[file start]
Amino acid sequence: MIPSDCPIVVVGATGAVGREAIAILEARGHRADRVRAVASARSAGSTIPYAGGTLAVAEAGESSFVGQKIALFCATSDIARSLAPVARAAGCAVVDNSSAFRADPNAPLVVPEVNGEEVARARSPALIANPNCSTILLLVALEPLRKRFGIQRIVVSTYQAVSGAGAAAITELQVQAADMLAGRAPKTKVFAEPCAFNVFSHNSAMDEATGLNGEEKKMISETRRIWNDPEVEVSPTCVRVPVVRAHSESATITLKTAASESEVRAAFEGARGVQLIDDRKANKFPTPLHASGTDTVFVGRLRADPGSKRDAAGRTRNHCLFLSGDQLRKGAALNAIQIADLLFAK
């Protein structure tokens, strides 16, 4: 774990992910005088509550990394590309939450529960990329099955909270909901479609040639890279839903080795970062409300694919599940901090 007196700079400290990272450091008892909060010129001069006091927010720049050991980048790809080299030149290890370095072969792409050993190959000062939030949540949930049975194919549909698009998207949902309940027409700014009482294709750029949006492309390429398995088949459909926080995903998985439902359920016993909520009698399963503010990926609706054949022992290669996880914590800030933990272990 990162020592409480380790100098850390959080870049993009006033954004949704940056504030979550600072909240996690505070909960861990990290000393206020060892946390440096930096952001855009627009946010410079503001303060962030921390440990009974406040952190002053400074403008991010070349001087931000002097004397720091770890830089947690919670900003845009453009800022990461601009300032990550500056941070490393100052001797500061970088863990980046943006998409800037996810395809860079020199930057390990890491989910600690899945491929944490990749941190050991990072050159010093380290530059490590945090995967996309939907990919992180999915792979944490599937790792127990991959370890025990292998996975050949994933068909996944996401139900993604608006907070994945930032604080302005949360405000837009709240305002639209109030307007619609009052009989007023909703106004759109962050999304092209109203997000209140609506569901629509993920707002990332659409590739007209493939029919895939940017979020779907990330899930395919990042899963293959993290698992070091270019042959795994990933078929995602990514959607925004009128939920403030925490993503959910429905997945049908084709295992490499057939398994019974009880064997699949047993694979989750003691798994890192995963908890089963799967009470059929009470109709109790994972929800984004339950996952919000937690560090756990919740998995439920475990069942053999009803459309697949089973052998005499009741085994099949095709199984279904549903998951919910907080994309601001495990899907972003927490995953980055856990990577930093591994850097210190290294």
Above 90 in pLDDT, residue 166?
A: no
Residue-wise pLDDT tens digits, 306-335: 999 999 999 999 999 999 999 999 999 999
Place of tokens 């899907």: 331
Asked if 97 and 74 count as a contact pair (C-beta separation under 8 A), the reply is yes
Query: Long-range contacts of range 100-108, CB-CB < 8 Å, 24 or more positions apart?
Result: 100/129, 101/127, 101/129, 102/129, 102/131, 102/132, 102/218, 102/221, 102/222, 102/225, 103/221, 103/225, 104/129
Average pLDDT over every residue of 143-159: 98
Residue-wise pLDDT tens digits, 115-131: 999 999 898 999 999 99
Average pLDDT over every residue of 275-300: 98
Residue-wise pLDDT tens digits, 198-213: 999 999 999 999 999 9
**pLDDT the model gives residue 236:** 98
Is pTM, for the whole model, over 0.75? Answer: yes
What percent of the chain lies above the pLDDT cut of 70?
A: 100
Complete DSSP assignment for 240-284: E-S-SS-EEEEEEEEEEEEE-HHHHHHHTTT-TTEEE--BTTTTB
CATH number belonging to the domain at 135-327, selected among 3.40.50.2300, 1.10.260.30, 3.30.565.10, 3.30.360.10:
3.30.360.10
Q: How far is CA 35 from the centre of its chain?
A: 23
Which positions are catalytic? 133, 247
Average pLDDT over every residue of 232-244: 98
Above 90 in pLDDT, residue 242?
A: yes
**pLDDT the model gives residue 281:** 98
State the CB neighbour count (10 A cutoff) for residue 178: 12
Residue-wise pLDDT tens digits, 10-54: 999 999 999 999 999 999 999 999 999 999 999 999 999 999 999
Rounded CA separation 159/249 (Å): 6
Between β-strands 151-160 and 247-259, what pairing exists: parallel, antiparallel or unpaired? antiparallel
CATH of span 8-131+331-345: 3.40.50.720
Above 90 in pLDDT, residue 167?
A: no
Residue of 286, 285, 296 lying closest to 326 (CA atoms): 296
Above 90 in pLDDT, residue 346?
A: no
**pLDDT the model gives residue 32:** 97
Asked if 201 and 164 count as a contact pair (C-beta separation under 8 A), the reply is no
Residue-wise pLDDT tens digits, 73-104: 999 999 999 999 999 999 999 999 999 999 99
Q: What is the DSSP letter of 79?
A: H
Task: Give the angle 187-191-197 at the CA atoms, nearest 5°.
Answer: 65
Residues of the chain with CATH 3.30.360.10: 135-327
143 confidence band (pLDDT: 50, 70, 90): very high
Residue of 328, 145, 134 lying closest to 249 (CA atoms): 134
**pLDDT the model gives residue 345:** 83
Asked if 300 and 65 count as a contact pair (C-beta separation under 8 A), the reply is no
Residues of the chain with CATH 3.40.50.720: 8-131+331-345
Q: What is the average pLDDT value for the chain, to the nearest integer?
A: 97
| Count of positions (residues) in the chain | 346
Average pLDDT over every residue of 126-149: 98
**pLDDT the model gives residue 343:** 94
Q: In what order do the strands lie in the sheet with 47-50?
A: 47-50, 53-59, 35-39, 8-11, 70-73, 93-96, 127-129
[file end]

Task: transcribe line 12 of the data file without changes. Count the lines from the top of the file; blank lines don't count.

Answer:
Average pLDDT over every residue of 275-300: 98